by Brian Hioe
Photo Credit: AFP
IMAGES OF the killing of Palestinians on the Israel-Gaza border during protests against the American Embassy relocation to Jerusalem have been shocking for many in Taiwan. The deaths were concurrent with the 70th anniversary of the Nakba, when more than 700,000 Palestinians were driven from their homes as part of Israeli settlement efforts. Sixty were killed on Tuesday, many of which were children, leading to protests across the world. However, instead of looking at this tragic set of events merely as a tragedy in a distant, faraway land, perhaps there are lessons from this to be drawn for Taiwan.
First, it is significant that many in Taiwan—particularly elders of the Taiwanese independence movement—has sometimes cited Israel as a model to aspire to. Israel is seen as a small, militarily powerful country which is able to ward of its neighbors, much as Taiwan might hope to ward off the threat of China. Likewise, despite being small, Israel is globally influential in the same way that Taiwan hopes for members of the Taiwanese diaspora to be influential. More broadly, Taiwan shares the same status as Israel in being more or less propped up regionally by the United States.
However, what is noteworthy in such comparisons it that Taiwanese see themselves as aspiring to the aim of becoming like Israel, instead of finding common cause between themselves and Palestinians. Palestine, after all, is also an unrecognized territory which strives for recognition, while facing violent threats and continued settler colonialism from Israel.
Yet it needs to be remembered that Palestine’s struggle for self-determination is probably far better known internationally than that of Taiwan, as observed in the international BDS campaign. Taiwanese independence activists have in many cases failed situate Taiwan’s struggle for self-determination alongside other, similar struggles, despite that BDS is an example of how to raise the international profile of a self-determination struggle.
But apart from the atrocities direct committed by the Israeli government, it has to be remembered in Taiwan that much of the blame for the deaths can be laid at the feet of the Trump administration. It was the Trump administration that unilaterally decided to move the American Embassy to the contested city of Jerusalem, in spite of the fact that this would likely lead to protests, and with the full knowledge that subsequent protests would probably be violently repressed by the Israeli government.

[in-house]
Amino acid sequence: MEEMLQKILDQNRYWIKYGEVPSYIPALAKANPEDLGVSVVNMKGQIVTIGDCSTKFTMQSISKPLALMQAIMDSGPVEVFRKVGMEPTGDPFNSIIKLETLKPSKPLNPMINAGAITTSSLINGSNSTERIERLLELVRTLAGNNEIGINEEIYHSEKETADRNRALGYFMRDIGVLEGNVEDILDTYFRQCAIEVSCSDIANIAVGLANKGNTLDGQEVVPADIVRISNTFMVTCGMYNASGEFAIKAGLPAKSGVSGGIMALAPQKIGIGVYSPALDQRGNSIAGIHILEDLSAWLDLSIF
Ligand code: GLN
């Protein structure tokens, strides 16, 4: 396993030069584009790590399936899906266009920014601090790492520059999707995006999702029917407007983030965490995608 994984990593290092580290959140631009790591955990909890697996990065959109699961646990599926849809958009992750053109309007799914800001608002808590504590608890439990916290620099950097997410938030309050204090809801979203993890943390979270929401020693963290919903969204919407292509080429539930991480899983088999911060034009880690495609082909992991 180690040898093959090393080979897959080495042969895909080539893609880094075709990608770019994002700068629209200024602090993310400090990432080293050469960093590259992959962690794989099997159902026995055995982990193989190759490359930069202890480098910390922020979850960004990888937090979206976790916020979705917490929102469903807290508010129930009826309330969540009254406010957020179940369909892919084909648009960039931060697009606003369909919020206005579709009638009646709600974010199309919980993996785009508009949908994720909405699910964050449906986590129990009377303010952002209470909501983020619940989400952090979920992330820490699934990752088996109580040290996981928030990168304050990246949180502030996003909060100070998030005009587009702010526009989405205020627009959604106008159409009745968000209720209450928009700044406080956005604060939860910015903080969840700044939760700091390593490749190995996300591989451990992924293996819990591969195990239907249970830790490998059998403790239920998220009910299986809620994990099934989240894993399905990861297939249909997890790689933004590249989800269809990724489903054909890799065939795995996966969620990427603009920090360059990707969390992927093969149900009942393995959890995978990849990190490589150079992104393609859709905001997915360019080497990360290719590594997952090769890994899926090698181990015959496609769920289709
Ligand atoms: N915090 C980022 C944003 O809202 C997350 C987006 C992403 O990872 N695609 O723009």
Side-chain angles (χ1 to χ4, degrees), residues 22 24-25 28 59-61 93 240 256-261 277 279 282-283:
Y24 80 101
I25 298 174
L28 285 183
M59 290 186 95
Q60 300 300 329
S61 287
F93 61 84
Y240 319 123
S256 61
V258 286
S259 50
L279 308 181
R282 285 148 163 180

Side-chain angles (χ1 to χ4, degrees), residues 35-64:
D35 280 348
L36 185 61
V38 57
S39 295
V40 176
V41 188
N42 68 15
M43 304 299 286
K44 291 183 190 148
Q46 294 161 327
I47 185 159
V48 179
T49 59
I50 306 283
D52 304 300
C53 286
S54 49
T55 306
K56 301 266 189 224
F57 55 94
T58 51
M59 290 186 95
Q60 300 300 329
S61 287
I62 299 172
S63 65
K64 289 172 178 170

This fact only goes show the fundamental disregard for life of the Trump administration, then, irrespective of its political context. In the meantime, Trump administration officials in Israel at the time such as Jared Kushner, Donald Trump’s son-in-law, have said little about the killings and instead praised the embassy move in the most effusive of terms. The US has also blocked a UN motion calling for an investigation into the killings.
This fact about the Trump administration proves not only cause for moral critique, but something which raises concrete, rational dilemmas for Taiwan. Should Taiwan really puts its faith in America as the guarantor of its democratic freedoms from China, with the full knowledge that America, knowing that while America may claim to have the aim of preserving democratic freedoms globally, it is wholly capable of shrugging off such atrocities? That is, should Taiwanese place their faith in such a country to defend it?
Indeed, the fact that the Trump administration was willing to go ahead with the embassy move in spite of that diplomatic blowback on the scale as with the killings was very likely to happen should also throw water onto illusions in Taiwan that the Trump administration knows what it is doing diplomatically.
This is true whether in the Middle East or in East Asia, seeing as the Trump administration has to date relied on a small set of individuals to make sweeping decisions pertaining to American foreign policy globally instead of the the traditional diplomatic corps. Even if he has currently fallen out of favor with his father-in-law, Kushner himself, whom Trump depended on for both his MIddle East and East Asian policy early in his administration, proves a good example of this phenomenon. Nonetheless, idealization of the Trump administration continues for many, with Taiwanese remembering only those actions of the Trump administration which have benefited Taiwan, and forgetting the many more occurrences in which the Trump administration seemed to have little idea of what it was doing, or carrying out actions detrimental to Taiwan.
More generally, it remains likely that many in Taiwan will fail to connect the dots and see how events in Israel and Palestine are, in fact, crucial for Taiwan to note. All of this would return to Taiwan’s longstanding idealization of America and Israel perhaps, as well Taiwan’s diplomatic isolation having contributed to a failure to situate itself in context of events that seem to take place in faraway regions of the world.